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Survey report shows Peoria County’s gaps in broadband access, infrastructure

Peoria County Administrator Scott Sorrell, left, discusses the preliminary results of a countywide broadband feasibility survey and study as Jack Maytum, Senior Business for Design Nine, listens from the stage during a presentation at Illinois Central College's Peoria Campus.
Joe Deacon
Peoria County Administrator Scott Sorrell, left, discusses the preliminary results of a countywide broadband feasibility survey and study as Jack Maytum, Senior Business for Design Nine, listens from the stage during a presentation at Illinois Central College's Peoria Campus.

Preliminary findings from a feasibility study on broadband access in Peoria County confirm a substantial need in rural and economically depressed areas.

County officials and the Greater Peoria Economic Development Council held two informational update sessions on the survey conducted by Virginia-based consulting firm Design Nine with community members last week.

The goal of the study is to identify the service needs and develop a plan for seeking government funding to address those needs.

Jack Maytum, a senior business analyst with Design Nine, said the study shows that gaps in high-speed internet access are most prevalent in the rural areas – but not exclusively.

“If you're in downtown Peoria, you probably have reasonably good broadband access; you may even have more than one internet service provider (ISP),” Maytum said. “The problem with the urban areas in certain locations is the economic equity, the access. The paying the monthly fee for the service is out of the reach of many families.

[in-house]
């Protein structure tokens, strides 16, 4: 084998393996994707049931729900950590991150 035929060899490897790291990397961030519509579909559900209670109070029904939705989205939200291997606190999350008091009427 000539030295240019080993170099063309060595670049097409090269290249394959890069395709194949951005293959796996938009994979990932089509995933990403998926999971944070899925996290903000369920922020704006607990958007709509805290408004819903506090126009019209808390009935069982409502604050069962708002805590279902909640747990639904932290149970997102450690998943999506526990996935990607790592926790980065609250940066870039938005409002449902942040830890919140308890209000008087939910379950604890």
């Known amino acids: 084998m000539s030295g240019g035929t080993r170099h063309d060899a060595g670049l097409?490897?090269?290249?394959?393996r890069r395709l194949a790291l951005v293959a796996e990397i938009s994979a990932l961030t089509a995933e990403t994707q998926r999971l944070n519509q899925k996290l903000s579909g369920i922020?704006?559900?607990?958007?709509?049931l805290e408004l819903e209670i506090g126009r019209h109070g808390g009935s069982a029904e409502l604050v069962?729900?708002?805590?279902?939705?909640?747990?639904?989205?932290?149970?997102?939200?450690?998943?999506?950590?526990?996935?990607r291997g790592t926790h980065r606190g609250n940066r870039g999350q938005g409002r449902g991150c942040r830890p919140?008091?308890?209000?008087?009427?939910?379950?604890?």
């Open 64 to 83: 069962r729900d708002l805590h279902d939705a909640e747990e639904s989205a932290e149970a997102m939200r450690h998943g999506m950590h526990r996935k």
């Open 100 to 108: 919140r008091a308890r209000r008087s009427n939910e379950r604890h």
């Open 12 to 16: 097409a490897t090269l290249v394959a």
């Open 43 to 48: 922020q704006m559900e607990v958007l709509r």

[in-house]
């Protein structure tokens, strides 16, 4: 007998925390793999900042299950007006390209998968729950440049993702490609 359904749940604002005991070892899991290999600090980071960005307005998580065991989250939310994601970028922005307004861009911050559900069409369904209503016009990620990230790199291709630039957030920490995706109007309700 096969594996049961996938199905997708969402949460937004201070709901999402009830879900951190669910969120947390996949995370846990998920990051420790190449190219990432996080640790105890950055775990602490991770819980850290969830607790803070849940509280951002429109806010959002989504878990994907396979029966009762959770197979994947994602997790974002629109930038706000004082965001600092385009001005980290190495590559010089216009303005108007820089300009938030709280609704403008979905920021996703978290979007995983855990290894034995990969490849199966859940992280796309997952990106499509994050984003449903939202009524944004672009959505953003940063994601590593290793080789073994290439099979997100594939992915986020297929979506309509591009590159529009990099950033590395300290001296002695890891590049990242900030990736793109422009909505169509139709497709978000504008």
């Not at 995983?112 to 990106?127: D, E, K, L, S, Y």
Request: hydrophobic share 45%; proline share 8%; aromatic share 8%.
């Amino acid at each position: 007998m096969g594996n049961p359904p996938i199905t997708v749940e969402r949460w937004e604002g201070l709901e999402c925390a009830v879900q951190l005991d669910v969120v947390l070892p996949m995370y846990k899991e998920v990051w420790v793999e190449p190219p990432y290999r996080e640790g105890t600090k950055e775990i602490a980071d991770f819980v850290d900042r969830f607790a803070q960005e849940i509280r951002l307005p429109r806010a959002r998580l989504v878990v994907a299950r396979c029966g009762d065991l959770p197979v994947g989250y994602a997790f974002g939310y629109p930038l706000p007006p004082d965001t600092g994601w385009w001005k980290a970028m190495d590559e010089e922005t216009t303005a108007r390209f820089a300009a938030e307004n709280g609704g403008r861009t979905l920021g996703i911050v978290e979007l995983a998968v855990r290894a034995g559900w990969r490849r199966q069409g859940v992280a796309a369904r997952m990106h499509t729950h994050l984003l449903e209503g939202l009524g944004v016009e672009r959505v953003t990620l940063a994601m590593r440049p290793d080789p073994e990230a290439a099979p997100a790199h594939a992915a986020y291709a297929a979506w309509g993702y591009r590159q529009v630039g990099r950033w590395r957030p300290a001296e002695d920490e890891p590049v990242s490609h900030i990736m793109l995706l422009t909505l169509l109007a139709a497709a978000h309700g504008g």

“So we're hoping that we can identify those areas, so that we can make a case for better economic support for families who live in those economically deprived regions, either through the providers or through the federal, state, or local government.”

Maytum shared the draft report on the survey in presentations during the two public information sessions held at Illinois Central College's Peoria campus. He said they consulted a half-dozen internet service providers in Peoria County to help produce their findings.

“They've actually provided us with maps of their coverage and their future plans, so that's a very significant start to improving the broadband,” Maytum said. “They've been very cooperative and we're hoping to build on that, because we understand that when we're improving broadband in Peoria or anywhere else, it largely depends on the existing internet service providers to expand their service to reach more people.”